Remember as a child the thrill of going into the city at night? As well as the sense of adventure at being allowed out after dark, there was something magical about seeing the city illuminated, all glittery and sparkling.
In Sydney we’re blessed once a year with our Vivid festival, which allows us to recreate that childhood feeling of night-time awe but on a much grander scale. Adults and children alike love the light spectacle.
Vivid is now recognised as the best light festival in the world and its expansion into a broader cultural event can light the way – s’cuse the pun – for how we think about our city, its lighting and its night-time cultural landscape throughout the rest of the year.
But mention Sydney’s nightlife, and the topic immediately shifts to the issue of lockout laws. It’s a topic that riles both sides and one that’s been recognised as both a barrier and an enabler to a vibrant night-time economy. There’s no doubt that a sophisticated global city – one that Sydney aspires to be – needs to have an energetic and dynamic night life and that includes allowing bars and restaurants to trade and thrive after dark. Safely.
But there are many things that our city can do at night to attract visitors, those from overseas as well as those that are just a train or bus ride away, to keep people in the city after work and that keeps the “open” sign up at the door when the lights come on.
Surely the biggest lesson Vivid can teach us is about lighting. There’s a whole science that’s grown up around how we light our cities in ways that not only make us feel safe as pedestrians and keeps crime rates down, but also provide interest and focal points at night.
Technological innovations in LED lights can help reduce the bill to the taxpayer of keeping our city alight, but also provide valuable data on where people congregate at night and light up in a “smart” way when walkers and cyclists come by. Night-time lighting can provide safety and be simultaneously artistic, shaping urban life after dark. Well-designed lighting can foster our sense of community, bringing us outdoors at night and making us unafraid to walk through a park or down a street.
With the light rail works in progress at the moment we have a great opportunity to introduce lighting in an innovative, attractive and functional way. What about a series of self-directed Night Walks around the city, following red, or green or blue lights in the pavements so they are easy to keep track of, lighting a cultural route on a specific theme?
And lighting shouldn’t be our only claim to fame. Our city absolutely lends itself to a vibrant nightlife. We benefit from a climate that makes being outside at night a viable option for most months of the year. We have a compact CBD enhanced by other “pockets of interest” that are attractions in themselves and we have strong cultural infrastructure already in place.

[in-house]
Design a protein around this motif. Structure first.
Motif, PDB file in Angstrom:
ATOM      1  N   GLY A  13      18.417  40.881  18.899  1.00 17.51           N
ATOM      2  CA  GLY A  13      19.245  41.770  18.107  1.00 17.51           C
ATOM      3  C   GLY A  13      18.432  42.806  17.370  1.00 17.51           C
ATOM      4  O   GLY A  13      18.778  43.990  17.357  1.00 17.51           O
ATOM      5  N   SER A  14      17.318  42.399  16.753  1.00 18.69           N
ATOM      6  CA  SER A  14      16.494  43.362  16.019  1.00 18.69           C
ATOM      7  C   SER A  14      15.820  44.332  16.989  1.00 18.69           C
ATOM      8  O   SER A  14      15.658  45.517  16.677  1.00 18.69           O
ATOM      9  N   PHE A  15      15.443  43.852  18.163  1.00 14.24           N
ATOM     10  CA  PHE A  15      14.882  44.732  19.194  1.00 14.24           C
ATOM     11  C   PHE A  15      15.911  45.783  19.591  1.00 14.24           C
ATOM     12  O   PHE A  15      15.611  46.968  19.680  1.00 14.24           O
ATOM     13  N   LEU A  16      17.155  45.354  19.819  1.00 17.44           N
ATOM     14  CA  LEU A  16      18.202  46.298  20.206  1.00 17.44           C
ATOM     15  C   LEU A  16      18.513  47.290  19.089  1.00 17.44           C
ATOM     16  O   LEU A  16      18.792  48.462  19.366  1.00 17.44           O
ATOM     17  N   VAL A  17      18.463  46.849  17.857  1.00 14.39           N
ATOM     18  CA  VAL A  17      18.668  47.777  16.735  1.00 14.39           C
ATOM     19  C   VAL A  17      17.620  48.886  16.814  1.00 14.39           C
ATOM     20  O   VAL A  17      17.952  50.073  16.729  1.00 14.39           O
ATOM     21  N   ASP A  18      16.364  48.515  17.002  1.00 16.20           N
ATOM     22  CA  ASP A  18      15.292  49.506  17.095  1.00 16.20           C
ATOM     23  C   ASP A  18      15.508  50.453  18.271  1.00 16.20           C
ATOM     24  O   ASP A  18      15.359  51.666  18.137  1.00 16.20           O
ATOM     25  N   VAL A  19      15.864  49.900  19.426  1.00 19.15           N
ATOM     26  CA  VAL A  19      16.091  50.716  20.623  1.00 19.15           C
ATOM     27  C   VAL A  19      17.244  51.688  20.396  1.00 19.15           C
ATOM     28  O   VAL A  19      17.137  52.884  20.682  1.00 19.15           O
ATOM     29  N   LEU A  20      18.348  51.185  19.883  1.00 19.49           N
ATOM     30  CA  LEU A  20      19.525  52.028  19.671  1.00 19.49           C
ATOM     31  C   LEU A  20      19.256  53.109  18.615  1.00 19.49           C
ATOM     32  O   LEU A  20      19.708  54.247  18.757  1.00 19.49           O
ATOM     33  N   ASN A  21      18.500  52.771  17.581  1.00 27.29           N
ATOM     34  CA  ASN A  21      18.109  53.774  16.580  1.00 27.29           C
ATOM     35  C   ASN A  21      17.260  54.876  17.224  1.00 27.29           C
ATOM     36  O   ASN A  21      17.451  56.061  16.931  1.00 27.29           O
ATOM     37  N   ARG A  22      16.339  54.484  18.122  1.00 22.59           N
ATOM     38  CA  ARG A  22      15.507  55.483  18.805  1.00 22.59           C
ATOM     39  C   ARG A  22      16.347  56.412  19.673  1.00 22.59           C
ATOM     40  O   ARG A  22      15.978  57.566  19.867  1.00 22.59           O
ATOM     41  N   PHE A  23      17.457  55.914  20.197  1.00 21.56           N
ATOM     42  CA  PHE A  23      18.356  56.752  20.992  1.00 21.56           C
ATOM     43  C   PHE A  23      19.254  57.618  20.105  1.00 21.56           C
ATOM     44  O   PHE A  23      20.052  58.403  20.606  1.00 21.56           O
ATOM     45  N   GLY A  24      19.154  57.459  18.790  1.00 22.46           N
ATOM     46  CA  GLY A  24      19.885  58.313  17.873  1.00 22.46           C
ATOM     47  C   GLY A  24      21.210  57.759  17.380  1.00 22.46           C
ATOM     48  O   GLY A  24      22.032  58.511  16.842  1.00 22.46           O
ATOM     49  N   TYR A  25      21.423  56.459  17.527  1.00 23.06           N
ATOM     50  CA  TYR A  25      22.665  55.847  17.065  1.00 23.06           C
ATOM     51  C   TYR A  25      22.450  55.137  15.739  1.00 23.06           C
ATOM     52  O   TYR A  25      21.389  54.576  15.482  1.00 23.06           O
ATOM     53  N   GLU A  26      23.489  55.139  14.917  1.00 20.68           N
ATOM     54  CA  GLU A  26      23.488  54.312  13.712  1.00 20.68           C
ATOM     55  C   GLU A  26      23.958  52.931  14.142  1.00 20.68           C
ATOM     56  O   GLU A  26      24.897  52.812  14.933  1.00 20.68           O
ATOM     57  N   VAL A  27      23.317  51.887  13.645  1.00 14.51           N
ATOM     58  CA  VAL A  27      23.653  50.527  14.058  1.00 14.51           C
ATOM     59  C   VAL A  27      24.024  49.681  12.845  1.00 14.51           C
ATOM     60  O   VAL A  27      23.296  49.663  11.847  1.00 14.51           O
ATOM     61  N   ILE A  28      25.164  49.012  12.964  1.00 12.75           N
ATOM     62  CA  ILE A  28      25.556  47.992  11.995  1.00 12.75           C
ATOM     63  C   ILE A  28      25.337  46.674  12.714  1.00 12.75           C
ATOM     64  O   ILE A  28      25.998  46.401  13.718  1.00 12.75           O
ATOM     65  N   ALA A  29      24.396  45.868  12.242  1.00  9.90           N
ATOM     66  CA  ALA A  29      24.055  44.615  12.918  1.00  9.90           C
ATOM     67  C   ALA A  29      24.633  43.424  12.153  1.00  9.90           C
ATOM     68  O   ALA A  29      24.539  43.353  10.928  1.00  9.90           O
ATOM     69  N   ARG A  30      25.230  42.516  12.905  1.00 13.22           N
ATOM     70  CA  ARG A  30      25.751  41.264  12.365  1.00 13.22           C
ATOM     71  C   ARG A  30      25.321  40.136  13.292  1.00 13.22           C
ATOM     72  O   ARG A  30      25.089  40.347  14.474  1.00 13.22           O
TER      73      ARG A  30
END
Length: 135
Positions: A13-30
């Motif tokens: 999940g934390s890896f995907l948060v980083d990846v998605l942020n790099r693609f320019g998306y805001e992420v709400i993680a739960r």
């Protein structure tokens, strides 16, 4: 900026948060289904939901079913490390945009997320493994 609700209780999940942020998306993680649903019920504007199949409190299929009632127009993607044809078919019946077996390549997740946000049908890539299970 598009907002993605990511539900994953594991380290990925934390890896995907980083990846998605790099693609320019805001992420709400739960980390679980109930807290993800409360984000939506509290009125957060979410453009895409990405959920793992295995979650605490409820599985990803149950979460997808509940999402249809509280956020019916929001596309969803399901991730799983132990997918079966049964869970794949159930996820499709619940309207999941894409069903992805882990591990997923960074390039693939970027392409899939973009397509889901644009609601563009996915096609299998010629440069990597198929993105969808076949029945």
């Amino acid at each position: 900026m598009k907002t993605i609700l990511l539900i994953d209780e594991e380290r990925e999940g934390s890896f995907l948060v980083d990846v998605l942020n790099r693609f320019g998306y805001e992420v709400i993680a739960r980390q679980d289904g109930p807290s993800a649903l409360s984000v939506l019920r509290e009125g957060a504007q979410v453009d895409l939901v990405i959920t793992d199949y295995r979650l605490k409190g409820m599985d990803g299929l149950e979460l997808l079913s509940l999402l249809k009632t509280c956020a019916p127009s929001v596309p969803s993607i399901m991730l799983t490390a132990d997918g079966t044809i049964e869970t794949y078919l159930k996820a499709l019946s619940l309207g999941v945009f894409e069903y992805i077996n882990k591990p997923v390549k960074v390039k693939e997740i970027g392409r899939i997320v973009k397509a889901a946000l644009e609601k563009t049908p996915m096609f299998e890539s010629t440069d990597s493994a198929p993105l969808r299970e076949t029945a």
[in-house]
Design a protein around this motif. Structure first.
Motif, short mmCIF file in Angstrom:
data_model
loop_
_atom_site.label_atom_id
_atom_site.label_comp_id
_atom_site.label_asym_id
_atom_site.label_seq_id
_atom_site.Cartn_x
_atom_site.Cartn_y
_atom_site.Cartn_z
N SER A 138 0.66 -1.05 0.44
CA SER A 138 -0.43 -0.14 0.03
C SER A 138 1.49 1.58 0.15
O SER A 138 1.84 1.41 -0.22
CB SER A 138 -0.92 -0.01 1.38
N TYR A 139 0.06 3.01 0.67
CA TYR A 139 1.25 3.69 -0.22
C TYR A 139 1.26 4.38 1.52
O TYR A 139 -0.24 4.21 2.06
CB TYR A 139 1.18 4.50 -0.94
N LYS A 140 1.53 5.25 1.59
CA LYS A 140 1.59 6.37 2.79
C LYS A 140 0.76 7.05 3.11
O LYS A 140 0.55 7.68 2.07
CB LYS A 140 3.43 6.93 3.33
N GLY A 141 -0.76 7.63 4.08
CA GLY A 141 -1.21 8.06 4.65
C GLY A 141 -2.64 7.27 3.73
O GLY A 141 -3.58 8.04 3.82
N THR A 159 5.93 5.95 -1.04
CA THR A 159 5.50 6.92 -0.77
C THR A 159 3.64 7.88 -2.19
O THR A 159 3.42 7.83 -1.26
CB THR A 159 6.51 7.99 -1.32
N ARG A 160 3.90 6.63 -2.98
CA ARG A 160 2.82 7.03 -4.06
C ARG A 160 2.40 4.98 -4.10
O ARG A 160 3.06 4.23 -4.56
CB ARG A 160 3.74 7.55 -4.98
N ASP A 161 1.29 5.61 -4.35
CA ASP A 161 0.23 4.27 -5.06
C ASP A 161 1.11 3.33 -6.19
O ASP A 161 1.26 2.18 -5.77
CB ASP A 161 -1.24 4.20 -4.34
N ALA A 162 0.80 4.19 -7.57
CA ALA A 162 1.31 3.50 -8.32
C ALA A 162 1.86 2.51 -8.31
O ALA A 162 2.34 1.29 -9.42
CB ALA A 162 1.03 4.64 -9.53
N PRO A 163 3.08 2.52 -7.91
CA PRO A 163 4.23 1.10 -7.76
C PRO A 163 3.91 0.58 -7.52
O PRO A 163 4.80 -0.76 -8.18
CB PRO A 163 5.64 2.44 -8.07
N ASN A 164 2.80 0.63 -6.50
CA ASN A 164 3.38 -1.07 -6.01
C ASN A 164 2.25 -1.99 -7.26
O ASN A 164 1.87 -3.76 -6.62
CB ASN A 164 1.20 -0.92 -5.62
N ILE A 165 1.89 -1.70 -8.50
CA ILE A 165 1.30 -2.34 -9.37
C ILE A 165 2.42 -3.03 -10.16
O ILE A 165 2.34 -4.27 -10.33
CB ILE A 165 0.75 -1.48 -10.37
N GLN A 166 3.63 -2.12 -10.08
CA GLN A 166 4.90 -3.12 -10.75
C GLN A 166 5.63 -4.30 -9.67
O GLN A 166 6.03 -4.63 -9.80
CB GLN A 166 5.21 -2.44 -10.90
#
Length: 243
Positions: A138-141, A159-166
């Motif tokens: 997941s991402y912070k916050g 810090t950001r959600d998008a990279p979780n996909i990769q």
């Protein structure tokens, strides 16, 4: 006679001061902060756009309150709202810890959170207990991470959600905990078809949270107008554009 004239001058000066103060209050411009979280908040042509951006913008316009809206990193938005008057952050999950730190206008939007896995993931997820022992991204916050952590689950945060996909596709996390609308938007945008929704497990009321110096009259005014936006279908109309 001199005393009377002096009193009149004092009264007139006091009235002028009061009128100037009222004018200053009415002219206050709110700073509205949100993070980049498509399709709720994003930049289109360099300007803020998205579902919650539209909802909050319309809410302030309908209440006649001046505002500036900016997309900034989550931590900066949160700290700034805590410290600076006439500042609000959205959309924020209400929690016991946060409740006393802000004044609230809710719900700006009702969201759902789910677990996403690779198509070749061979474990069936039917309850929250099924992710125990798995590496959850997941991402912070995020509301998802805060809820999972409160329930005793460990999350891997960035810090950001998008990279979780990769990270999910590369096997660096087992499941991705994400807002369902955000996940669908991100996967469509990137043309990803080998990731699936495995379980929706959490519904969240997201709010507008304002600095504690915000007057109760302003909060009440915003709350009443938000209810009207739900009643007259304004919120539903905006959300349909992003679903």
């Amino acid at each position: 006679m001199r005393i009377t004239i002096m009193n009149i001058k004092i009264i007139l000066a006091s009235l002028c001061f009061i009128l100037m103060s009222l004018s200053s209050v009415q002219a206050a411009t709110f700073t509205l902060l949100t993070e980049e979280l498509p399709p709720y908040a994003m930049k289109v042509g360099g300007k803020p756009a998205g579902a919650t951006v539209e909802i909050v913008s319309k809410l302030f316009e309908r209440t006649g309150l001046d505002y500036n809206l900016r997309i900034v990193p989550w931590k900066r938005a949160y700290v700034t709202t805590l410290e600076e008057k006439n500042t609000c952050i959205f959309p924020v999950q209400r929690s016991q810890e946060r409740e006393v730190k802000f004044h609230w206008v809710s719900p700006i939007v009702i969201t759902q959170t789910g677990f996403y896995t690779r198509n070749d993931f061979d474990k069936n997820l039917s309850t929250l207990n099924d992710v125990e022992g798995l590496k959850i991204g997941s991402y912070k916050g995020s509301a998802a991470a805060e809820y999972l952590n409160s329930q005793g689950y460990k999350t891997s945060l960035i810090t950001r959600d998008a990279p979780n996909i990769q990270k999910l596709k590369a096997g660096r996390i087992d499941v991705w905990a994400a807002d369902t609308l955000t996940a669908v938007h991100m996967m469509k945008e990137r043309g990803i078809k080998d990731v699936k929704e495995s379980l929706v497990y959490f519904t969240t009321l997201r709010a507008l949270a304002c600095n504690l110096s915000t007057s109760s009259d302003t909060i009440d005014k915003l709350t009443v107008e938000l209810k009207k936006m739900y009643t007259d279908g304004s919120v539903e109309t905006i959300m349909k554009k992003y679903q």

We could coordinate and align our cultural events to create “Culture Night” every Tuesday or Wednesday when our world-class museums and galleries stay open until 10pm. This would embed a predictability and momentum around night-time cultural activities that would encourage other establishments (retail and restaurants) to keep their doors open. In the summer, there could be an evening art market on the same night where local artists could sell their works and street artists could perform.
And our foodie culture could be harnessed in many different ways; extending the Night Noodle Markets and linking other street food events and offerings; opening a central food market much like Melbourne’s Victoria Market when the Sydney Fish Markets are redeveloped; embracing the EatWith concept, first started in Tel Aviv but now global; opening some of our green spaces in the evenings for picnic nights rather as an alternative to expensive ticketed events to get people out.
It’s not hard to think beyond nightclubs and bars when thinking about Sydney’s nightlife. It can be classy, inclusive, artistic, invigorating and safe. It should cater to a variety of price-points and be walkable and/or accessible by public transport. Church Street in Parramatta has been revitalised as an active, safe and inclusive restaurant precinct showing how it’s possible to appeal to a wide demographic, limit car use and at the same time encourage people into an area to enjoy the night-time social life.
And yes, we should consider the nightclubs and bars too. They’re part of the mix of an energetic after dark culture as we outlined in our submission to the independent review of the NSW liquor laws.
But it is our design of public spaces and footpaths, and expanding available night-time activities (thereby reducing the concentration of alcohol-centric activities) that will improve the safety and vibrancy of our city at night. We don’t need to arbitrarily condemn all bars to early closing if we ensure that the mix of people on the street is broader than bucks’ night revellers choosing an alcohol-fuelled evening.
Whilst Sydney may not want to be a 24 hour city that never sleeps, we should at least be encouraging it to stay open later – and not just on a Friday and Saturday night. London has plans for a six-month assessment of how to protect and manage their night-time economy, something we could undertake. Encouraging ideas, utilising our natural advantages and expanding on things we already know work, like Vivid, can give us insight in to how people want to use our city at night and stop being blinded by the impact of lock-out laws on the night-time economy.
Johanna Pitman is deputy chief executive of the Committee for Sydney.